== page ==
PennLive Op-Ed: Failure To Regulate Online Gambling Would Be “Fiscal Irresponsibility”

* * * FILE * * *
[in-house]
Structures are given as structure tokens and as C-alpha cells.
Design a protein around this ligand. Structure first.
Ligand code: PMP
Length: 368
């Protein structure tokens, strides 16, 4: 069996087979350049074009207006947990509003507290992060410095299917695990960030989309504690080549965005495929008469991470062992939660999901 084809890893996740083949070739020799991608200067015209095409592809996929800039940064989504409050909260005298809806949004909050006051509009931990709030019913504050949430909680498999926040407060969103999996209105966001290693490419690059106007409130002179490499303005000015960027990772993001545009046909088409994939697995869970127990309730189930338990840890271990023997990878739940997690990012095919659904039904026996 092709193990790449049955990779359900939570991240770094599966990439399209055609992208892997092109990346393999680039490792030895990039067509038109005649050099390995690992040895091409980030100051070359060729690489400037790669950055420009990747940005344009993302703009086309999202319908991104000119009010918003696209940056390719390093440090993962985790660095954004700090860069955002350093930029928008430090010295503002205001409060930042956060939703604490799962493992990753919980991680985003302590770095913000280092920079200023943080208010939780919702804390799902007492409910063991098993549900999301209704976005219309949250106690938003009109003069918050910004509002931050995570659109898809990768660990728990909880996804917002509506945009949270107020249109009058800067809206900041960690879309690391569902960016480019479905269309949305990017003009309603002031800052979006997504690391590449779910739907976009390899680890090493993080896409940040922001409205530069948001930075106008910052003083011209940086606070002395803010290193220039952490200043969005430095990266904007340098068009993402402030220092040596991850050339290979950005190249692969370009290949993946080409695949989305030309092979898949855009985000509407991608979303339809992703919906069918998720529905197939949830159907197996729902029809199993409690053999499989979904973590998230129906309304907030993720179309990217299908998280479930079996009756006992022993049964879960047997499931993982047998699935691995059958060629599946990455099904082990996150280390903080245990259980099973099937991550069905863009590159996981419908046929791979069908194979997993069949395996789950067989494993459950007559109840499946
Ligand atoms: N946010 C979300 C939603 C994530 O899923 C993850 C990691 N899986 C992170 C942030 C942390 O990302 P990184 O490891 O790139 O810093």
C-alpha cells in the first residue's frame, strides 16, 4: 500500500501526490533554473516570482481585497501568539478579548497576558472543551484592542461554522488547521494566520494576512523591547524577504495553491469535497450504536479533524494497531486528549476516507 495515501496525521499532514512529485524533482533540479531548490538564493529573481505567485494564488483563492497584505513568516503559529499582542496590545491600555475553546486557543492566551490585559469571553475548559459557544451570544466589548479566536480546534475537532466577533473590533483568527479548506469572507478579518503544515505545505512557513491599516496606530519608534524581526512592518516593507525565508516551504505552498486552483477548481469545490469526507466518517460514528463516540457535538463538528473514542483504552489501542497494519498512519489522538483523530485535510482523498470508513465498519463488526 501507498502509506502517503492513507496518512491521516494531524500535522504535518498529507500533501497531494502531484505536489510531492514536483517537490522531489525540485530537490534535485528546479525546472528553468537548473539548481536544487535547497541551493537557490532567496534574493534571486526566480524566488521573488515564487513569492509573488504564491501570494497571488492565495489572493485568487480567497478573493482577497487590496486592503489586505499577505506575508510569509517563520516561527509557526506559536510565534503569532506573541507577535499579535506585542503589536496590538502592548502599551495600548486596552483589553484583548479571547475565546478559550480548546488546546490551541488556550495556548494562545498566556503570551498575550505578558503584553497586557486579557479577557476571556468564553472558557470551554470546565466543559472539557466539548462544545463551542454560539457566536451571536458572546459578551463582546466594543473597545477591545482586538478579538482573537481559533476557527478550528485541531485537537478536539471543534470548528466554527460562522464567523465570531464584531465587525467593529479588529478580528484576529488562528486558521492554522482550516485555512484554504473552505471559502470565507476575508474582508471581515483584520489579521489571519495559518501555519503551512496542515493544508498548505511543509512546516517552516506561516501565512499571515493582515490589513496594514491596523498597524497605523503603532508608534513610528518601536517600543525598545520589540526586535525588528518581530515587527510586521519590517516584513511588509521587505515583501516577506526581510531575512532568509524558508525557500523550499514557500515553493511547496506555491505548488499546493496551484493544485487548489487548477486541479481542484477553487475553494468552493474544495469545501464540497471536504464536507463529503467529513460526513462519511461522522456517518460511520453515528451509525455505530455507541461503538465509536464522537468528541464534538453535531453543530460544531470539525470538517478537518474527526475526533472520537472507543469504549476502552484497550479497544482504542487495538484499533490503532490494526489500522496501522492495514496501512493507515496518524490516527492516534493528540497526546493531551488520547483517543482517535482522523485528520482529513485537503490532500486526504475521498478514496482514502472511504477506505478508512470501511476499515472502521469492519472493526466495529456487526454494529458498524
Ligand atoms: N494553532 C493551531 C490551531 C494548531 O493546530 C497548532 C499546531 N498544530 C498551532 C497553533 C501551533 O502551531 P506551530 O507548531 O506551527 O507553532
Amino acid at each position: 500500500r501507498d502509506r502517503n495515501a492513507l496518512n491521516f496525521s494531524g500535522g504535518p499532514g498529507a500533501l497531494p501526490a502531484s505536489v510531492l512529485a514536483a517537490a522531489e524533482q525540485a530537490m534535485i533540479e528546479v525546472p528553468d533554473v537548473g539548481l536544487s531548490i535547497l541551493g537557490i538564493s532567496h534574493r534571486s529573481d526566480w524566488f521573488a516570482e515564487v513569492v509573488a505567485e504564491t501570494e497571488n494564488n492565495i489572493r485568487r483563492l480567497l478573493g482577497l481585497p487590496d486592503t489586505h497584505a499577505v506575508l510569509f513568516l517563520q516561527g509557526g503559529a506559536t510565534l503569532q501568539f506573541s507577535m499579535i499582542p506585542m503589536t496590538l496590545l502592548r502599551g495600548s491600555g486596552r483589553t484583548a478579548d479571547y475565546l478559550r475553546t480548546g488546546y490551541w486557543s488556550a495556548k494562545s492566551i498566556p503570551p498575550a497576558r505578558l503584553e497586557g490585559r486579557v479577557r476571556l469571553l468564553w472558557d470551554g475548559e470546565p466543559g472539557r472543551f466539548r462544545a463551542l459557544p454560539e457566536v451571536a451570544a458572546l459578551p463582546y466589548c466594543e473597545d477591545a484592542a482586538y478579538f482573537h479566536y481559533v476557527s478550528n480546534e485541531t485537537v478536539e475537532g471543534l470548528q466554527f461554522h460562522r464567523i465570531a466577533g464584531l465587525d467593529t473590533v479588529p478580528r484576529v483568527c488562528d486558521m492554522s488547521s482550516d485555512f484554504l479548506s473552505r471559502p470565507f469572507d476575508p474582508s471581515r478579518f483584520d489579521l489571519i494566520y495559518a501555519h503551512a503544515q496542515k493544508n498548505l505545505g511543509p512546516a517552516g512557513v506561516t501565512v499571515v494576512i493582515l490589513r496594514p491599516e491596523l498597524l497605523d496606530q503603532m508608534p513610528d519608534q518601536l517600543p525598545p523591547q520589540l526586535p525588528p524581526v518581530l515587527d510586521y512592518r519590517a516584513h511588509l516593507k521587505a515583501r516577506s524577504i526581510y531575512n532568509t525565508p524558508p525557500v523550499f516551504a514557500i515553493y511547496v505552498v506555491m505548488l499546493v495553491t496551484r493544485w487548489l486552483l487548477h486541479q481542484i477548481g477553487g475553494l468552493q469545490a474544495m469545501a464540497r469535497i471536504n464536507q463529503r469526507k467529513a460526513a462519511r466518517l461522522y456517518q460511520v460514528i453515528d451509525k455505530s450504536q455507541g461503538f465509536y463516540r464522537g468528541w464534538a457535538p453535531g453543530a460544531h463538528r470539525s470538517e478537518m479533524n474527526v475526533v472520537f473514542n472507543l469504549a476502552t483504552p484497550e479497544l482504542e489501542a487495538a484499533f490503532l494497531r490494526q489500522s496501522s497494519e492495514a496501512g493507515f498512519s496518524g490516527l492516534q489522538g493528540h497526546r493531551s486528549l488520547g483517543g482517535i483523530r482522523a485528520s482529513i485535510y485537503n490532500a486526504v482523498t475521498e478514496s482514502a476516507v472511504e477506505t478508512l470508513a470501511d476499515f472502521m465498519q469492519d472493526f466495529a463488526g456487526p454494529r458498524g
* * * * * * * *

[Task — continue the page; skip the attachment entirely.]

Accusing Pennsylvania lawmakers of “apparent fiscal irresponsibility” in neglecting a lucrative revenue source, the Pennsylvania Patriot-News voiced its support of legalizing and regulating online gaming in the state. Citing the state’s looming $2 billion budget deficit, the PennLive editorial urged legislators to capitalize on the burgeoning market “because it can,” arguing the state “cannot afford to ignore a legitimate revenue source.” No law in the state currently bans online gaming, and many residents are already active on virtual tables. But until Harrisburg takes an explicitly state-sanctioned approach to the issue, the editorial said, politicians are failing to capitalize on millions in potential tax revenue. “Pennsylvania has the means, the motive, and the opportunity to pass online gaming legislation before the end of this budget cycle,” the PennLive editorial board wrote. “Online gaming is a resource Pennsylvania should mine now.” “It’s no silver bullet, but online gaming in Pennsylvania will help ease the deficit,” the editorial read. Online gambling can enhance land-based casinos in PA According to a May 2014 economic forecast prepared by the Philadelphia-based Econsult Solutions, online gaming would “most likely” complement live casino play in the state. Pennsylvania could stand to gain $68 million in direct tax revenue from the industry in its first fiscal year, the report said, and could reap over $110 million in subsequent years. Last week was marked by increased debate over online gaming in the state. Preceding the PennLive staff editorial, two op-ed articles also appeared on the site, written by influential figures on both sides of the issue. In a May 27 letter, two state representatives called for online gaming’s legalization, claiming it “makes no sense to leave online gaming unregulated.” A recent flurry of opinion on the issue The op-ed was authored by representatives John Payne and Nick Kotik, respectively the chair of the state’s Gaming Oversight Committee and the committee’s top-ranking Democrat. Payne and Kotik are the primary sponsors of HB 649, a bill to regulate and tax virtual casinos in Pennsylvania. Under HB 649, Pennsylvania would issue licenses to online casinos at a cost of $5 million, or $1 million to vendors deemed “significant” by the state. These proposed fees would be significantly higher than those of neighboring New Jersey, where Internet gaming licenses are issued at approximately $500,000 each. The representatives called regulation a “win/win” scenario, though HBN 649 has not been scheduled for a vote since its introduction in February. In opposition to online gaming, Sheldon Adelson lobbyist and former Arkansas senator Blanche Lincoln also weighed in on PennLive. In an indirect rebuttal to Payne and Kotick, Lincoln cited a Time report that the economic impact of online gaming has been “drastically, laughably overestimated.” Lincoln warned the legalization of online gaming could undermine the health of the state’s live-play establishments, which she says have performed well. “Billions of dollars have been invested in Pennsylvania’s brick-and-mortar casinos, which rival some of the best facilities in the nation,” Lincoln wrote. “Pennsylvania did casino gambling right and now the industry supports an additional 25,000 Pennsylvania jobs and generates about $3 billion annually in total economic output.” Wolf is “open” to idea of legal PA online gambling While Pennsylvania Governor Tom Wolf opposed online gambling during his 2014 campaign, the state’s harsh fiscal outlook appears to have warmed him to the possibility. Wolf also ran, more prominently, on a platform of curbing taxes in the state. With a sizable deficit approaching, online gaming may now prove a more attractive solution for the governor than a fresh round of tax hikes. Payne recently called the governor “open-minded” toward the issue, and with the state’s finalized 2016 budget due June 30, many legislators have found themselves scrambling to triage the anticipated multibillion-dollar fiscal gap.

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